Food manipulators trying to deceive voters

An old adage says, "Never buy a pig in a poke." But what about a poke hidden in a pig?
Jim Hightower's Radio Lowdown
Jim Hightower's Radio Lowdown
Food manipulators trying to deceive voters

An old adage says, “Never buy a pig in a poke.” But what about a poke hidden in a pig?

That’s different, say the corporate profiteers behind the startling number of our food products that now contain genetically engineered organisms, altering the DNA make-up of everything from corn to pigs. Yet – even though GE foods pose serious health, environmental, and economic dangers to consumers and farmers – the profiteers want to keep the very existence of such contents hidden from consumers. No need to put that information on food packages, insist industry officials, just trust us.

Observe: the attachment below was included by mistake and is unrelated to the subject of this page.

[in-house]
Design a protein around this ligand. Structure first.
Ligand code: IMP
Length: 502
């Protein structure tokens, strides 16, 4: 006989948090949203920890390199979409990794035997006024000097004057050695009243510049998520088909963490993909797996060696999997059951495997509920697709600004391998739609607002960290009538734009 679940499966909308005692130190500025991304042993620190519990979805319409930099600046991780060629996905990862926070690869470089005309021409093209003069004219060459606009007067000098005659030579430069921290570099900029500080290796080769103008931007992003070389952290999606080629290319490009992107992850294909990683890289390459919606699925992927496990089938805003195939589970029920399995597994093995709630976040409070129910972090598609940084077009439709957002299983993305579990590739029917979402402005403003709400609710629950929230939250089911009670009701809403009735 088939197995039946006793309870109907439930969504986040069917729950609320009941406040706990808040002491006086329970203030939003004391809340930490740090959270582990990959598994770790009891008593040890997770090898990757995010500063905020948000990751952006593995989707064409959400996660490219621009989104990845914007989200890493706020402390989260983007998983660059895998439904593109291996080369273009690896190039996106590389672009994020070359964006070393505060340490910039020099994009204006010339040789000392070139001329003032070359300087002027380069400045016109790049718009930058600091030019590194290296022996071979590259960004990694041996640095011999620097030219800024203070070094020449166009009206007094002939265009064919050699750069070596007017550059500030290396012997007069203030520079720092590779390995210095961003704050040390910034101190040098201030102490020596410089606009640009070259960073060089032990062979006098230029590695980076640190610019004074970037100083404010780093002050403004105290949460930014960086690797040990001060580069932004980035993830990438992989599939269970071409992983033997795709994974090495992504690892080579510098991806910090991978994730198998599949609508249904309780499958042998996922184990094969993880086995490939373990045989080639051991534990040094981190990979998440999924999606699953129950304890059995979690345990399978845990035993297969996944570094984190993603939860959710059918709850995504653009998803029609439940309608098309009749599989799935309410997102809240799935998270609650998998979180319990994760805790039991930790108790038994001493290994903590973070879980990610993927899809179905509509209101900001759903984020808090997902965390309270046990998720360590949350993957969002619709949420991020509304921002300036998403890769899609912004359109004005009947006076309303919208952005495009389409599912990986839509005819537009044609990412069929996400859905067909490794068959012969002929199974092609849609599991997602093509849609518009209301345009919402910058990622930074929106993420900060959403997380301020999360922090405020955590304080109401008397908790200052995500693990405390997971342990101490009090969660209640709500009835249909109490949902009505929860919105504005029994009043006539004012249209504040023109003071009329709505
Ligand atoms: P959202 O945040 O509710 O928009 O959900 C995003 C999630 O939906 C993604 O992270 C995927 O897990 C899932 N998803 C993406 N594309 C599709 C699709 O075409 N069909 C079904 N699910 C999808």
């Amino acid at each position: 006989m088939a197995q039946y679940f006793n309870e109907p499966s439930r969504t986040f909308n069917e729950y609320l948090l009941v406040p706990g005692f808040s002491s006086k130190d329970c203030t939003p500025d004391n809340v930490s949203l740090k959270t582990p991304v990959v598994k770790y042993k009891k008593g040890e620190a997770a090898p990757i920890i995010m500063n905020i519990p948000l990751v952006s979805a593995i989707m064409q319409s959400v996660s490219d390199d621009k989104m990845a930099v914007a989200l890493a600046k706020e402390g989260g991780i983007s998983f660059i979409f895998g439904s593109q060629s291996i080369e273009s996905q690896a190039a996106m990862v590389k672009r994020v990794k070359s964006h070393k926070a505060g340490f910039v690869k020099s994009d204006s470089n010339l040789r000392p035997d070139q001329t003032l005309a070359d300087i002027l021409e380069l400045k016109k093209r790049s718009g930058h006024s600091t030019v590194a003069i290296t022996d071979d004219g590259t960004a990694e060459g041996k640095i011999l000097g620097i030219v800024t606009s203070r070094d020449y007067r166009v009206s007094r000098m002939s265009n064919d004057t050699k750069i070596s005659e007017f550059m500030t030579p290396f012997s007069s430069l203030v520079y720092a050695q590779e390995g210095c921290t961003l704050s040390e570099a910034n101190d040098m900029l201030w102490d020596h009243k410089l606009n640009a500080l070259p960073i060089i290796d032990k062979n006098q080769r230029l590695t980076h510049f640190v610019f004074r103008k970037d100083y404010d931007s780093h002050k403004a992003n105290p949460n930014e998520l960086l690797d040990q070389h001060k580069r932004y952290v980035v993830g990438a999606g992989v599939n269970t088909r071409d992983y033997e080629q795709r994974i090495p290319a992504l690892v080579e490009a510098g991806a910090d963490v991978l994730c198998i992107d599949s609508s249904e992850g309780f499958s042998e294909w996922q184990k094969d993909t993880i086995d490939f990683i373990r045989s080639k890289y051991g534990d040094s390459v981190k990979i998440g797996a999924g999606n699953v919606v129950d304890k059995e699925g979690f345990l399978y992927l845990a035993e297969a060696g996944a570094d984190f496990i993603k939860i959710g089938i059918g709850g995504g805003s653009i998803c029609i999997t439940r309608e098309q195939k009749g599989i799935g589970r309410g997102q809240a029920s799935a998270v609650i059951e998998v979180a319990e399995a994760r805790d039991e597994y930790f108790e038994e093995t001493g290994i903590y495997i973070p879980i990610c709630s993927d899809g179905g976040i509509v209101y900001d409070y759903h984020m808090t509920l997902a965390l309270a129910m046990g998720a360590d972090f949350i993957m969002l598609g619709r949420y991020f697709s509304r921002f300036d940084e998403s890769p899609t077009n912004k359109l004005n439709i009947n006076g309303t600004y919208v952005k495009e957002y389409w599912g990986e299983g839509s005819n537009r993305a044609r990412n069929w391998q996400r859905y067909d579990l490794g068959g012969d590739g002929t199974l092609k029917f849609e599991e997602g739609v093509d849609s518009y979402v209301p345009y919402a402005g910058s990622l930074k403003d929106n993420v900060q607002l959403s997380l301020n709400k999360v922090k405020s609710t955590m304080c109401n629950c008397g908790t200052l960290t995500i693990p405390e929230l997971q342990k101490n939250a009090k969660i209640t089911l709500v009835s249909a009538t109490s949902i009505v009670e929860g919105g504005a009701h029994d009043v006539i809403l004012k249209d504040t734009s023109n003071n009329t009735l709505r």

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Uh… no. In consumer surveys, about 9 out of 10 Americans say they want GE foods to be labeled so they can decide for themselves whether to buy the industry’s hype. That’s why public support is so strong for California’s right-to-know initiative that would require food companies to admit using GE ingredients.

So, how have the manipulators and deceivers responded? By doubling down on manipulation and deception. Bio-engineering giants like Monsanto and such food powers as Kellogg’s and Kraft are putting as much as $100 million into a PR campaign to lie about the safety of these DNA-altered foods and to scare voters with false claims about skyrocketing food prices if the initiative passes. Posing as the consumers’ friend, the “Coalition Against Costly Food Labeling” has sprung up in California. It’s a PR front group funded by such “friends” of ours as Grocery Manufactures of America and the Council for Biotech Information – which themselves are political fronts for the usual corporate suspects.

Why are these purveyors of GE food so desperate to hide the true content of their own product from their customers? Because they have something to hide. For more information, go to:

“Battle brews over labels for engineered food,” Austin American Statesman, June 3, 2012.

“Meet the Corporate Front Groups Fighting to Make Sure You Can’t Know What’s in Your Food,”, May 31, 2012.

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